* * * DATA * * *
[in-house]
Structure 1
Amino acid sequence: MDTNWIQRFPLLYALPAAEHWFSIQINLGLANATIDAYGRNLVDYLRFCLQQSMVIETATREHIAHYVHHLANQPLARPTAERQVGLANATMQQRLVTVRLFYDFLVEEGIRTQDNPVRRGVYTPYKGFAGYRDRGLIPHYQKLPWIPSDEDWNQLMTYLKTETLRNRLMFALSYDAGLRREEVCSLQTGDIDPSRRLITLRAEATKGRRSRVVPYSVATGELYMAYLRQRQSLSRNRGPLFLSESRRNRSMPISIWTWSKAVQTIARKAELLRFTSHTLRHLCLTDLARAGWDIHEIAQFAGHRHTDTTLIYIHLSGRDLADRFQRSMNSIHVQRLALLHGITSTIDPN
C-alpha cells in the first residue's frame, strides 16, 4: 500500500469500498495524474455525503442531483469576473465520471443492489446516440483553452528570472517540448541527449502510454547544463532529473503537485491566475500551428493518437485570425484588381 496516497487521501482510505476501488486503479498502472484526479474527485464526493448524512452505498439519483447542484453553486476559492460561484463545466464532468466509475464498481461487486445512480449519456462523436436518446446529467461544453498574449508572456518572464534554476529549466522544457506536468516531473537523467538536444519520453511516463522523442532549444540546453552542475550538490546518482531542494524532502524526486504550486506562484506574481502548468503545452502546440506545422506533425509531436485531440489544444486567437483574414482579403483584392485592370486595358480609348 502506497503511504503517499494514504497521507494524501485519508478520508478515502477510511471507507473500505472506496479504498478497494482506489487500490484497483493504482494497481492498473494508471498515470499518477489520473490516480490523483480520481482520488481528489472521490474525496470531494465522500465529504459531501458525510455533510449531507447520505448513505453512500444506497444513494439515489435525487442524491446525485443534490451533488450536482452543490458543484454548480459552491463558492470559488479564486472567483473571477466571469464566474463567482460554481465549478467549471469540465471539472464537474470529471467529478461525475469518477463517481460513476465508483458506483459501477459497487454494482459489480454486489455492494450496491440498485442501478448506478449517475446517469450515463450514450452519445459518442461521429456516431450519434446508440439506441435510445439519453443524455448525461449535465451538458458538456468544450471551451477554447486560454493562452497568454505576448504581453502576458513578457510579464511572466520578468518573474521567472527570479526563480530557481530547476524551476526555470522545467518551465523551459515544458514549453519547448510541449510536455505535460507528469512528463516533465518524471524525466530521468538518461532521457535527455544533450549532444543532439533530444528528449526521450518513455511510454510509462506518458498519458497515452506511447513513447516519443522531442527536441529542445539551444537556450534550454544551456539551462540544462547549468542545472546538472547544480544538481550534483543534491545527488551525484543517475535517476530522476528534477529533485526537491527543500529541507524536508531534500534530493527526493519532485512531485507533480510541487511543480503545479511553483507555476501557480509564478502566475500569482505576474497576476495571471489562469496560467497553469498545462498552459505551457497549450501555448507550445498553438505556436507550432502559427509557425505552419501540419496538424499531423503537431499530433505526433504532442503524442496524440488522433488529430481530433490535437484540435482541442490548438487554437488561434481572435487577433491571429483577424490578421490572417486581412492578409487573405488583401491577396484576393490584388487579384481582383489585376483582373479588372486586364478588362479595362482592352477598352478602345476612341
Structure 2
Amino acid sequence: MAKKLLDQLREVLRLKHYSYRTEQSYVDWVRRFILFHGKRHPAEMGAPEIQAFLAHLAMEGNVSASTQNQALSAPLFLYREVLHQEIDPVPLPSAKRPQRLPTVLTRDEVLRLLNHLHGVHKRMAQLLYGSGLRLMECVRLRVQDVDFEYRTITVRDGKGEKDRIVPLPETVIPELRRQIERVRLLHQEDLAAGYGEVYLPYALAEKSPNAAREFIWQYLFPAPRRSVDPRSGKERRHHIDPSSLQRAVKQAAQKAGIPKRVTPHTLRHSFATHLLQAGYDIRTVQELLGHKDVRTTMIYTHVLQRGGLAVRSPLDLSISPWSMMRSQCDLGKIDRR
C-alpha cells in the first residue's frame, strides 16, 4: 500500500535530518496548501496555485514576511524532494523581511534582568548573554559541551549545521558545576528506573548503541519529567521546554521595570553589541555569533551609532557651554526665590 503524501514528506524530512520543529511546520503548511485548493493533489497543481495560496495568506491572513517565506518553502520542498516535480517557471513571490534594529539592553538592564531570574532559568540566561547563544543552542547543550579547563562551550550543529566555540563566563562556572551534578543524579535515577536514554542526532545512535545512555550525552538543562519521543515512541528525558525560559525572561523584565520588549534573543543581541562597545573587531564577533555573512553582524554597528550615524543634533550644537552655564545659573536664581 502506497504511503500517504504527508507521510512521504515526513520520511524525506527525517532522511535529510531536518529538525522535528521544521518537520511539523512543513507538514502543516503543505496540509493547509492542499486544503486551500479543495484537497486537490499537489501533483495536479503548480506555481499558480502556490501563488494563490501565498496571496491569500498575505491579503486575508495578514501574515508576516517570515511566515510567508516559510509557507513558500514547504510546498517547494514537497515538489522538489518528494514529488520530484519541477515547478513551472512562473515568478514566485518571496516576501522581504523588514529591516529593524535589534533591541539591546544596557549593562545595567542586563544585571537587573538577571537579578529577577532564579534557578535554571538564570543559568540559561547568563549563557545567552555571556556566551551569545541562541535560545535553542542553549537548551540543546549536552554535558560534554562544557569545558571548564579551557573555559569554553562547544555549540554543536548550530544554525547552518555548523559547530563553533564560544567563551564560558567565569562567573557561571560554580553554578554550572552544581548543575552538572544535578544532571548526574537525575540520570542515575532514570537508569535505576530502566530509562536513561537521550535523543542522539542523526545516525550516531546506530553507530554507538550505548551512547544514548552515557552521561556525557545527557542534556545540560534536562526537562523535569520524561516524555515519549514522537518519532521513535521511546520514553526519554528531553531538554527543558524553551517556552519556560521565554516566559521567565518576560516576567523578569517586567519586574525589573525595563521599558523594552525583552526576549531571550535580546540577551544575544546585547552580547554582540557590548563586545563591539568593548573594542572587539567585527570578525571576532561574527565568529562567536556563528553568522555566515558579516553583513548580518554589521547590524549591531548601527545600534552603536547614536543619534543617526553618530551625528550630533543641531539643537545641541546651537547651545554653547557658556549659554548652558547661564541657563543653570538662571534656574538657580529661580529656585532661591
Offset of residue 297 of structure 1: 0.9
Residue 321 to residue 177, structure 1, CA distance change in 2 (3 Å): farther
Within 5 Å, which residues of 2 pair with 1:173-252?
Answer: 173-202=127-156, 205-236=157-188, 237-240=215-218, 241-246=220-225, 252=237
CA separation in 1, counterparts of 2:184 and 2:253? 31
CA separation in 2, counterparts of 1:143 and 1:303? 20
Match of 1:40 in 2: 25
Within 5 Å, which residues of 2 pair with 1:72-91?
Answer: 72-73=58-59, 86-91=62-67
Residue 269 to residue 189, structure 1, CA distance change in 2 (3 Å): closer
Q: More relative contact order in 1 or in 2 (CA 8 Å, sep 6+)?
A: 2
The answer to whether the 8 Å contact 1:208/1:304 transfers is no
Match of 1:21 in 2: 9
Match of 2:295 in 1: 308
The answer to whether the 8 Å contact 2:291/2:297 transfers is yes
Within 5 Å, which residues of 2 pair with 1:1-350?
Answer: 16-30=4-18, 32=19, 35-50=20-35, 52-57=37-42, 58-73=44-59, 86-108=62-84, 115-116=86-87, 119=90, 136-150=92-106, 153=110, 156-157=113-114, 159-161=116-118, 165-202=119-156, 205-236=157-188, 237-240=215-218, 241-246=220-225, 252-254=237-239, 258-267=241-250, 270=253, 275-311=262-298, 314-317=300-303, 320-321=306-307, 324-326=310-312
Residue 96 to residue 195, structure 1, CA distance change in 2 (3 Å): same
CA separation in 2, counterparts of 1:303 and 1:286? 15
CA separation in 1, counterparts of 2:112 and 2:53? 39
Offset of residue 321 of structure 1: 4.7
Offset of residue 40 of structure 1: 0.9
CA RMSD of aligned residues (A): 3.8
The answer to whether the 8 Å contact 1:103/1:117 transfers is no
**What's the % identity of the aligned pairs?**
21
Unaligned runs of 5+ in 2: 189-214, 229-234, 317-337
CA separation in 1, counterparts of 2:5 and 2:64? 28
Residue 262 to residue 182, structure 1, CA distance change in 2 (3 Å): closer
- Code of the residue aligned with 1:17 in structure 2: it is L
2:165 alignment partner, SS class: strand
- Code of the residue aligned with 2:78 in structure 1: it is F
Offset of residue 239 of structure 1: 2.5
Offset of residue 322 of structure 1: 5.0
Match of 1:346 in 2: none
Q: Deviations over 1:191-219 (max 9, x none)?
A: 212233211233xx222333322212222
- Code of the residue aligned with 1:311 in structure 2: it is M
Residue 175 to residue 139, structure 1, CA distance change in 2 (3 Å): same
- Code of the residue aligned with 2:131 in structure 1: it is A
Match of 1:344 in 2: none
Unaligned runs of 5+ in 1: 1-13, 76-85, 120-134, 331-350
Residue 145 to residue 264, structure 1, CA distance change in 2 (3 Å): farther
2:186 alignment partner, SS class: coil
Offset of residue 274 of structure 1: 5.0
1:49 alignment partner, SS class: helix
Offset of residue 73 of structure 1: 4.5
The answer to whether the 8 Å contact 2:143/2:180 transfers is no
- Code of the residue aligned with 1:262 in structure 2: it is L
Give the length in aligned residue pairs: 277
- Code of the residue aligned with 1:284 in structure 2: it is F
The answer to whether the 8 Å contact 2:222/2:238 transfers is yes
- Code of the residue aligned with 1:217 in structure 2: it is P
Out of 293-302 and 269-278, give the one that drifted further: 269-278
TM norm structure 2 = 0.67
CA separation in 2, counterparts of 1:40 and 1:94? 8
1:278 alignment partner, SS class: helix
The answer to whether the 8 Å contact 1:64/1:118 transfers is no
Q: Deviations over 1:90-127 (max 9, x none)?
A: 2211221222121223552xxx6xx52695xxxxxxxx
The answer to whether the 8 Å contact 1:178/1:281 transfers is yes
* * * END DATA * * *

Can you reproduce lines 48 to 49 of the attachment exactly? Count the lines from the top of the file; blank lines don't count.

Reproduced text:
- Code of the residue aligned with 2:131 in structure 1: it is A
Match of 1:344 in 2: none